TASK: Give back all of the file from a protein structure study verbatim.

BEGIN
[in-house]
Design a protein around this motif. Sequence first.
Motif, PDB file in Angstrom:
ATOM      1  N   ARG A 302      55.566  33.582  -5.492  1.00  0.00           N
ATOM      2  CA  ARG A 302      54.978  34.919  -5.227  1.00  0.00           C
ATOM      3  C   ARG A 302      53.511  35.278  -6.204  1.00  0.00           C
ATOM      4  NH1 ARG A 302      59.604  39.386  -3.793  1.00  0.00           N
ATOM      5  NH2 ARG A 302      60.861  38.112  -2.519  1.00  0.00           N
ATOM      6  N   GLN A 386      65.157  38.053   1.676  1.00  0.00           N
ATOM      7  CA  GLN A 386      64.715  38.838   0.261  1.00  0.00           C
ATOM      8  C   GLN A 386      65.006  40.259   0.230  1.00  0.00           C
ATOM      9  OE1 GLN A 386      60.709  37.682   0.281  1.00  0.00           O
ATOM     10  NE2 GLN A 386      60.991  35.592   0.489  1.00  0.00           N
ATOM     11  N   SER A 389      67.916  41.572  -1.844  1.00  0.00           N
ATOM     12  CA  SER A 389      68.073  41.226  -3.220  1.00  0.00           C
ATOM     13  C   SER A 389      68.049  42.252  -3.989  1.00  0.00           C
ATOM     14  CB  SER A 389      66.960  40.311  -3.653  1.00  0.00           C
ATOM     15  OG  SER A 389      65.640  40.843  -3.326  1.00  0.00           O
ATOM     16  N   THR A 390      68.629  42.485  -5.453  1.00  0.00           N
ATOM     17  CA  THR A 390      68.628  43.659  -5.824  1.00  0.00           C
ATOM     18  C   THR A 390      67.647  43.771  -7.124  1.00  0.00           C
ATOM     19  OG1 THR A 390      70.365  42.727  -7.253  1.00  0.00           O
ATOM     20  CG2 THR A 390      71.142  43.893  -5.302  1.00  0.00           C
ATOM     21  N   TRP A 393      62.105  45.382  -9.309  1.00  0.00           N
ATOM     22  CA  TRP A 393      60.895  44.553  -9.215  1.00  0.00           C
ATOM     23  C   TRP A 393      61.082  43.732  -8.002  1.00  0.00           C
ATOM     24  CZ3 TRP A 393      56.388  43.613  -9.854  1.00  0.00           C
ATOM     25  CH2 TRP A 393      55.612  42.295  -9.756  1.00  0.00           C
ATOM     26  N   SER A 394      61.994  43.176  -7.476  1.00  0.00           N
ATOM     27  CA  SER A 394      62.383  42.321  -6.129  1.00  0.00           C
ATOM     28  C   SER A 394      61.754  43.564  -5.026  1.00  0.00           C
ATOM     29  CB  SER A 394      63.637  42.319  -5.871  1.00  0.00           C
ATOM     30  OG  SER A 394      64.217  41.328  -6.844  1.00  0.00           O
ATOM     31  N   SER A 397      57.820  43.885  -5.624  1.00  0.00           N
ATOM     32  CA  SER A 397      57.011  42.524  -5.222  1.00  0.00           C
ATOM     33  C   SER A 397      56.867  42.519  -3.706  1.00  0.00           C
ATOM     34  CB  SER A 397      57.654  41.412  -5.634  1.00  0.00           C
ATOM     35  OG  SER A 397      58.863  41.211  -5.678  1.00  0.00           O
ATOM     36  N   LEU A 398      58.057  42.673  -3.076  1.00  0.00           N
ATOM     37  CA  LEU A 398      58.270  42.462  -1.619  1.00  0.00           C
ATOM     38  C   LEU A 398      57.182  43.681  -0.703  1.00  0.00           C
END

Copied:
[in-house]
Design a protein around this motif. Sequence first.
Motif, PDB file in Angstrom:
ATOM      1  N   ARG A 302      55.566  33.582  -5.492  1.00  0.00           N
ATOM      2  CA  ARG A 302      54.978  34.919  -5.227  1.00  0.00           C
ATOM      3  C   ARG A 302      53.511  35.278  -6.204  1.00  0.00           C
ATOM      4  NH1 ARG A 302      59.604  39.386  -3.793  1.00  0.00           N
ATOM      5  NH2 ARG A 302      60.861  38.112  -2.519  1.00  0.00           N
ATOM      6  N   GLN A 386      65.157  38.053   1.676  1.00  0.00           N
ATOM      7  CA  GLN A 386      64.715  38.838   0.261  1.00  0.00           C
ATOM      8  C   GLN A 386      65.006  40.259   0.230  1.00  0.00           C
ATOM      9  OE1 GLN A 386      60.709  37.682   0.281  1.00  0.00           O
ATOM     10  NE2 GLN A 386      60.991  35.592   0.489  1.00  0.00           N
ATOM     11  N   SER A 389      67.916  41.572  -1.844  1.00  0.00           N
ATOM     12  CA  SER A 389      68.073  41.226  -3.220  1.00  0.00           C
ATOM     13  C   SER A 389      68.049  42.252  -3.989  1.00  0.00           C
ATOM     14  CB  SER A 389      66.960  40.311  -3.653  1.00  0.00           C
ATOM     15  OG  SER A 389      65.640  40.843  -3.326  1.00  0.00           O
ATOM     16  N   THR A 390      68.629  42.485  -5.453  1.00  0.00           N
ATOM     17  CA  THR A 390      68.628  43.659  -5.824  1.00  0.00           C
ATOM     18  C   THR A 390      67.647  43.771  -7.124  1.00  0.00           C
ATOM     19  OG1 THR A 390      70.365  42.727  -7.253  1.00  0.00           O
ATOM     20  CG2 THR A 390      71.142  43.893  -5.302  1.00  0.00           C
ATOM     21  N   TRP A 393      62.105  45.382  -9.309  1.00  0.00           N
ATOM     22  CA  TRP A 393      60.895  44.553  -9.215  1.00  0.00           C
ATOM     23  C   TRP A 393      61.082  43.732  -8.002  1.00  0.00           C
ATOM     24  CZ3 TRP A 393      56.388  43.613  -9.854  1.00  0.00           C
ATOM     25  CH2 TRP A 393      55.612  42.295  -9.756  1.00  0.00           C
ATOM     26  N   SER A 394      61.994  43.176  -7.476  1.00  0.00           N
ATOM     27  CA  SER A 394      62.383  42.321  -6.129  1.00  0.00           C
ATOM     28  C   SER A 394      61.754  43.564  -5.026  1.00  0.00           C
ATOM     29  CB  SER A 394      63.637  42.319  -5.871  1.00  0.00           C
ATOM     30  OG  SER A 394      64.217  41.328  -6.844  1.00  0.00           O
ATOM     31  N   SER A 397      57.820  43.885  -5.624  1.00  0.00           N
ATOM     32  CA  SER A 397      57.011  42.524  -5.222  1.00  0.00           C
ATOM     33  C   SER A 397      56.867  42.519  -3.706  1.00  0.00           C
ATOM     34  CB  SER A 397      57.654  41.412  -5.634  1.00  0.00           C
ATOM     35  OG  SER A 397      58.863  41.211  -5.678  1.00  0.00           O
ATOM     36  N   LEU A 398      58.057  42.673  -3.076  1.00  0.00           N
ATOM     37  CA  LEU A 398      58.270  42.462  -1.619  1.00  0.00           C
ATOM     38  C   LEU A 398      57.182  43.681  -0.703  1.00  0.00           C